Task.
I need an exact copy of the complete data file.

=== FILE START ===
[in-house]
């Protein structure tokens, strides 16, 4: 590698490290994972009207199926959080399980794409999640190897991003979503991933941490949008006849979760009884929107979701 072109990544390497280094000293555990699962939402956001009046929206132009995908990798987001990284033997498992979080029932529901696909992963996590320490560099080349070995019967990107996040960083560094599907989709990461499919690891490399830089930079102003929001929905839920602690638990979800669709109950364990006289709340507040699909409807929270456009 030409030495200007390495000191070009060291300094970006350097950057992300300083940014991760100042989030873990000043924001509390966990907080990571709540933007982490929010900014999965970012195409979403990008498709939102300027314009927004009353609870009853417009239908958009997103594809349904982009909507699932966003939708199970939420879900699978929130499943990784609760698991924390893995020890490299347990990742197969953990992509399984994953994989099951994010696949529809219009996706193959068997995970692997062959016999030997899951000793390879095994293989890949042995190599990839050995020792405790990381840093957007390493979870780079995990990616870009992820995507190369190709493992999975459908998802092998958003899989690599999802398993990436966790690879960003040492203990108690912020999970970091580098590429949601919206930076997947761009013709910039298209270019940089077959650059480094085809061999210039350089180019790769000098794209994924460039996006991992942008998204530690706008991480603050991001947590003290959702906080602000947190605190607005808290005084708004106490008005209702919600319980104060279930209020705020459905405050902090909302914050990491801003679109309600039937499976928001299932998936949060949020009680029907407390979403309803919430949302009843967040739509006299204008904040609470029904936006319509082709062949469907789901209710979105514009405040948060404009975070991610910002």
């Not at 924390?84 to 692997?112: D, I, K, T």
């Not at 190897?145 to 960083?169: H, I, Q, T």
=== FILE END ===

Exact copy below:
[in-house]
């Protein structure tokens, strides 16, 4: 590698490290994972009207199926959080399980794409999640190897991003979503991933941490949008006849979760009884929107979701 072109990544390497280094000293555990699962939402956001009046929206132009995908990798987001990284033997498992979080029932529901696909992963996590320490560099080349070995019967990107996040960083560094599907989709990461499919690891490399830089930079102003929001929905839920602690638990979800669709109950364990006289709340507040699909409807929270456009 030409030495200007390495000191070009060291300094970006350097950057992300300083940014991760100042989030873990000043924001509390966990907080990571709540933007982490929010900014999965970012195409979403990008498709939102300027314009927004009353609870009853417009239908958009997103594809349904982009909507699932966003939708199970939420879900699978929130499943990784609760698991924390893995020890490299347990990742197969953990992509399984994953994989099951994010696949529809219009996706193959068997995970692997062959016999030997899951000793390879095994293989890949042995190599990839050995020792405790990381840093957007390493979870780079995990990616870009992820995507190369190709493992999975459908998802092998958003899989690599999802398993990436966790690879960003040492203990108690912020999970970091580098590429949601919206930076997947761009013709910039298209270019940089077959650059480094085809061999210039350089180019790769000098794209994924460039996006991992942008998204530690706008991480603050991001947590003290959702906080602000947190605190607005808290005084708004106490008005209702919600319980104060279930209020705020459905405050902090909302914050990491801003679109309600039937499976928001299932998936949060949020009680029907407390979403309803919430949302009843967040739509006299204008904040609470029904936006319509082709062949469907789901209710979105514009405040948060404009975070991610910002």
């Not at 924390?84 to 692997?112: D, I, K, T």
């Not at 190897?145 to 960083?169: H, I, Q, T």